Deutsche Bank and Twitter do not appear to have much in common apart from the fact that each is worth about $16bn and is in the news. One is a 146-year-old bank facing a crisis of confidence and a demand from the US Department of Justice for $14bn; the other is a 10-year-old US social network that could soon be acquired by Google, Salesforce or even Disney.
But both epitomise in different ways one of the toughest strategic challenges for any company. How does it expand profitably and sustainably beyond the business on which it was founded? Deutsche Bank has been trying for longer than Twitter but neither has succeeded.
They now face the impact of failure. Deutsche’s attempt to transform itself from a bank founded to finance German companies’ foreign expansion into a global investment bank that would rival Wall Street’s leaders such as JPMorgan Chase and Goldman Sachs has stuttered. As it attempts to reshape itself, its past misconduct is being investigated and its capital strength questioned.
The obvious lesson from Deutsche’s experience is not to lose touch with your roots. “It strikes me that a lot of banks have lost a sense of what made them special in the first place,” says Chris Zook, a partner of Bain & Company, the management consultancy. The bank’s corporate business is outweighed by retail banking and securities trading, neither of which is doing well.
Twitter shows the converse risk: unless a business finds a way to diversify and grow, it gets stuck. “Someone said it was too simple and needed something more interesting, like video or pictures,” Biz Stone, one of Twitter’s co-founders, wrote in his book Things a Little Bird Told Me of the first time he and Jack Dorsey showed off their idea. “We said that the whole point was that it was supposed to be really simple.”
Since its initial public offering in 2013, Twitter has tried to broaden out. It has added videos and photos to make it less like a collection of exclamations and more like a media platform. But growth has slowed and users are spending less time tweeting, despite Mr Dorsey’s return to the helm. Goldman is now searching for a suitable acquirer.
This is a common problem. Many companies struggle to expand beyond their core business. One study by McKinsey & Co, the management consultancy, found that nine out of 10 companies were diversifying or had plans to do so within five years, but only a third of those that had tried gained more than 10 per cent of their revenues from these new ventures.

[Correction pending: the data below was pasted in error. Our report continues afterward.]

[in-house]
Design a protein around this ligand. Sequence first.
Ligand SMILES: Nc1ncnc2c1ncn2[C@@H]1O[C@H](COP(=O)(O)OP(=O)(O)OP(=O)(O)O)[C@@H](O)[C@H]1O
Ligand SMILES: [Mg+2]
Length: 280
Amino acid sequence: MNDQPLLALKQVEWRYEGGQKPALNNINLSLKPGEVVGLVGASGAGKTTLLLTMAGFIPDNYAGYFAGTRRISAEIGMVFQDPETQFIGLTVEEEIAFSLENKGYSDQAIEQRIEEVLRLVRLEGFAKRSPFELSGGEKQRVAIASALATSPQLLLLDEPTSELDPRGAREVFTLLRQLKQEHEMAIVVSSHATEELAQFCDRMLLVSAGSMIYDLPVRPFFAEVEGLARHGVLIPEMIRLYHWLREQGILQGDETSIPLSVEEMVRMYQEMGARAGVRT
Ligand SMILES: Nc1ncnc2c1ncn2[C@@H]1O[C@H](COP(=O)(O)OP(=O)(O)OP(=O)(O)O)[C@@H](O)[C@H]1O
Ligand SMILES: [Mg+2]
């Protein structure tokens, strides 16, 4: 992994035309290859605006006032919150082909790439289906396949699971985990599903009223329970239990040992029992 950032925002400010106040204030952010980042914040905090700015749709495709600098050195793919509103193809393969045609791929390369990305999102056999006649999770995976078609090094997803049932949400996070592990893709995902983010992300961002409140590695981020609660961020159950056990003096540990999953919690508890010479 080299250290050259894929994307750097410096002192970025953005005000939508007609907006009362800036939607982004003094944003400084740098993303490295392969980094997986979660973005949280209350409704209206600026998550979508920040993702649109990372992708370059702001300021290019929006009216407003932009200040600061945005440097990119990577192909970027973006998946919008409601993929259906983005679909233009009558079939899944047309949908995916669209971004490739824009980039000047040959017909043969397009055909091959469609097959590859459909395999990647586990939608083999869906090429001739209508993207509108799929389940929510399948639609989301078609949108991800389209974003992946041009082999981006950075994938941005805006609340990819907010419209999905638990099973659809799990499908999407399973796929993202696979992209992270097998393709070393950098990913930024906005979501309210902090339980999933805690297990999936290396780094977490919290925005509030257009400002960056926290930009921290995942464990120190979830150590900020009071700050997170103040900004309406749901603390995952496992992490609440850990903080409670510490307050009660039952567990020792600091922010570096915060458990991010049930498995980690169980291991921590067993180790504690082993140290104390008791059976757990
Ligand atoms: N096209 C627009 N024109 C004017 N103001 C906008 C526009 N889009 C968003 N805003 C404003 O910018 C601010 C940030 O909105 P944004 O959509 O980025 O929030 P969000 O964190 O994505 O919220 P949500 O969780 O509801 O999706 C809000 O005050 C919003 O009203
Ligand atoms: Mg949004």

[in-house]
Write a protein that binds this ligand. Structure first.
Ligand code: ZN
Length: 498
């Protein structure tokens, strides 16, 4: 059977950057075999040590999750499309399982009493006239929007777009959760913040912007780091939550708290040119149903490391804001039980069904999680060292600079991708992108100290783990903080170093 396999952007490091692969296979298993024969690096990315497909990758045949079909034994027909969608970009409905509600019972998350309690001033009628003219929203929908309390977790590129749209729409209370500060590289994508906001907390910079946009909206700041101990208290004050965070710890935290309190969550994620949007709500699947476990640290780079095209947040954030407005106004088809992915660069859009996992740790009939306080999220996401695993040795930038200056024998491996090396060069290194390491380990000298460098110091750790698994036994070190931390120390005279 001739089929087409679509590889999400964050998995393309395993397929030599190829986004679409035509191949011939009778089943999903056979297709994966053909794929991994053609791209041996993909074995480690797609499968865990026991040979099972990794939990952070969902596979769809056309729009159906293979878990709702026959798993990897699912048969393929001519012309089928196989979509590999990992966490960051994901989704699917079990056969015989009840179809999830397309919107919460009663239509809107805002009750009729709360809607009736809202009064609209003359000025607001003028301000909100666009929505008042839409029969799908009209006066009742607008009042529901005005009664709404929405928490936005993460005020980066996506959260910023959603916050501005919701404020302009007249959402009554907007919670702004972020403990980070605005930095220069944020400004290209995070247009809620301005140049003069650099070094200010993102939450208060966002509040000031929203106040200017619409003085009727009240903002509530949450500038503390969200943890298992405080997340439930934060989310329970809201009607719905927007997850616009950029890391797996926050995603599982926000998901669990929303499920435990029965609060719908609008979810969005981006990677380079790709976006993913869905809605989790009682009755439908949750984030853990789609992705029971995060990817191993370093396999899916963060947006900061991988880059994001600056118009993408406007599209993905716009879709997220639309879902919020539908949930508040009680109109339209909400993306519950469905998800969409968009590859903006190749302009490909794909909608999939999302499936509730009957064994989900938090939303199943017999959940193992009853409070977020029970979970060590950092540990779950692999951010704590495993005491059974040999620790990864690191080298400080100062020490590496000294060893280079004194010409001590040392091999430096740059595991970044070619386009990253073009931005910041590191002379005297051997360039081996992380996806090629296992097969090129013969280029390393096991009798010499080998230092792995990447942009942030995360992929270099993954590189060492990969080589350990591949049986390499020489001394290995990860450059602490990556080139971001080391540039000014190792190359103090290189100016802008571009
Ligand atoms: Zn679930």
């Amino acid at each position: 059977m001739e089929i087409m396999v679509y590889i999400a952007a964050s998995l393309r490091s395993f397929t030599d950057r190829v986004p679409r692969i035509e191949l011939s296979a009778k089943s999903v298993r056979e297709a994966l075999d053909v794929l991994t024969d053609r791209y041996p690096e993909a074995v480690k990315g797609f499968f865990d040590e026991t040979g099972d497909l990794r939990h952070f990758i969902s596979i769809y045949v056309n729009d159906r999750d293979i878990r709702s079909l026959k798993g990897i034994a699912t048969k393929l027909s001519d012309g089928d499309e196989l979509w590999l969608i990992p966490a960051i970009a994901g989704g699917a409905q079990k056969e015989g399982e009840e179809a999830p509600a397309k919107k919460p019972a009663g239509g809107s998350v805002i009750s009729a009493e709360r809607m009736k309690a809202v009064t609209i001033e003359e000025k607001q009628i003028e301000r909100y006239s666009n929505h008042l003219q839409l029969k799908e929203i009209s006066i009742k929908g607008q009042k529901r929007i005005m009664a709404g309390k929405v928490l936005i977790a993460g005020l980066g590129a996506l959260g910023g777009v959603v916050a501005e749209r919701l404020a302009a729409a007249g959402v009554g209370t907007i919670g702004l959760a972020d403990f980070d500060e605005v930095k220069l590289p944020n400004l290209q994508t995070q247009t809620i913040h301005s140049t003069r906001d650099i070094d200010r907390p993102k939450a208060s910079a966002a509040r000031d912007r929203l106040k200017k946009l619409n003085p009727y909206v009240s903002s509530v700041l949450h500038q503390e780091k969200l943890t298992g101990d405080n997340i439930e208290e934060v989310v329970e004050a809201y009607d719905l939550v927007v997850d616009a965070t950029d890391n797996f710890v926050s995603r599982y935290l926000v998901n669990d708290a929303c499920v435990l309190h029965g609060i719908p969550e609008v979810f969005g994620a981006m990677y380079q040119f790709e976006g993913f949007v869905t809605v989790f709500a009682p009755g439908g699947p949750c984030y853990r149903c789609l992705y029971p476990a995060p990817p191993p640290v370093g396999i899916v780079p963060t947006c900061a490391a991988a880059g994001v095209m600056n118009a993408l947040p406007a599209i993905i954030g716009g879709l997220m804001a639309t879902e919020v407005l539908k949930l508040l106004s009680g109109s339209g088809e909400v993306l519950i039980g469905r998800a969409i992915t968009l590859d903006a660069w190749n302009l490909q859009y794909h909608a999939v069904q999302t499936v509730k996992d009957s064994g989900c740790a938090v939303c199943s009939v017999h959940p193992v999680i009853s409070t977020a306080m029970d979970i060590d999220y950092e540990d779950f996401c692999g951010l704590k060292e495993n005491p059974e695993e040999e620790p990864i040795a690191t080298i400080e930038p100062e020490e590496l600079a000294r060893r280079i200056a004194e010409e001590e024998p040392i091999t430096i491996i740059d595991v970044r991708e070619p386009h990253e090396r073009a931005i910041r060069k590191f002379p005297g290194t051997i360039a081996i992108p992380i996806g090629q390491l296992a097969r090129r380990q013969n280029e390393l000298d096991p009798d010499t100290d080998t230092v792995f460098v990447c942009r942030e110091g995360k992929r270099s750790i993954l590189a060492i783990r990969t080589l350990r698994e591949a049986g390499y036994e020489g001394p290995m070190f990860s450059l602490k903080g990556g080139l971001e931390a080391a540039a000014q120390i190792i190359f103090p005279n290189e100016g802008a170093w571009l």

It is hard to change character, and especially difficult when the original business is narrow, as Deutsche and Twitter know. From early on, Deutsche decided that its founding mission — to challenge the hegemony of UK banks in financing foreign trade in the late 19th century — was too small a niche. But expanding into retail and small business banking, as it did after being reconstructed in 1957, was tricky.
The strength of public sector and co-operative banks in Germany squeezes private sector banks like Deutsche: the latter have a quarter of the lending market. Deutsche’s lack of profitability at home pushed it into trying to leap into global investment banking, but it has not made high enough returns to come anywhere close to justifying the risk.
The smallness of Twitter’s niche is no surprise given that it set out to place restrictions on itself: it limited tweets to 140 characters and was deliberately easy and playful. That helped it to grow initially but made it harder to diversify later. It is now trying to “own live” by streaming videos of live sports and political events alongside tweets but investors are unconvinced.
Compare Twitter’s approach with that of Amazon in its early days. Jeff Bezos, founder, astutely started a business that was neatly defined yet had equally clear room to grow. He entrenched it in the public’s mind as an online bookseller before expanding into other products. With this core established, he experimented with offshoots such as cloud computing via Amazon Web Services.
Does the fact that Deutsche and Twitter were more confined absolve their leaders from the fix they are in? No, because others have been more ingenious in escaping their limits.
None of the US banks that dominate global investment banking looks like its original incarnation. Goldman started as a commercial paper house in 1869, only later expanding into equity trading and corporate finance. Morgan Stanley reshaped by merging with the retail broker Dean Witter in 1997.
Facebook, Twitter’s biggest rival, was founded as an online network for college students with strict rules on who could befriend users. But Mark Zuckerberg, chief executive, steadily loosened its borders and widened its scope, adding videos, messaging and other services while buying Instagram and WhatsApp to neutralise competition.
Neither Deutsche nor Twitter were that clever. Deutsche now wants to turn back to something closer to its origins, rebalancing towards corporate finance and asset management with less of the expensive grandeur of investment banking. Twitter seems more likely to take shelter within a bigger company. That is one beauty of capitalism: it tells you when you are lost.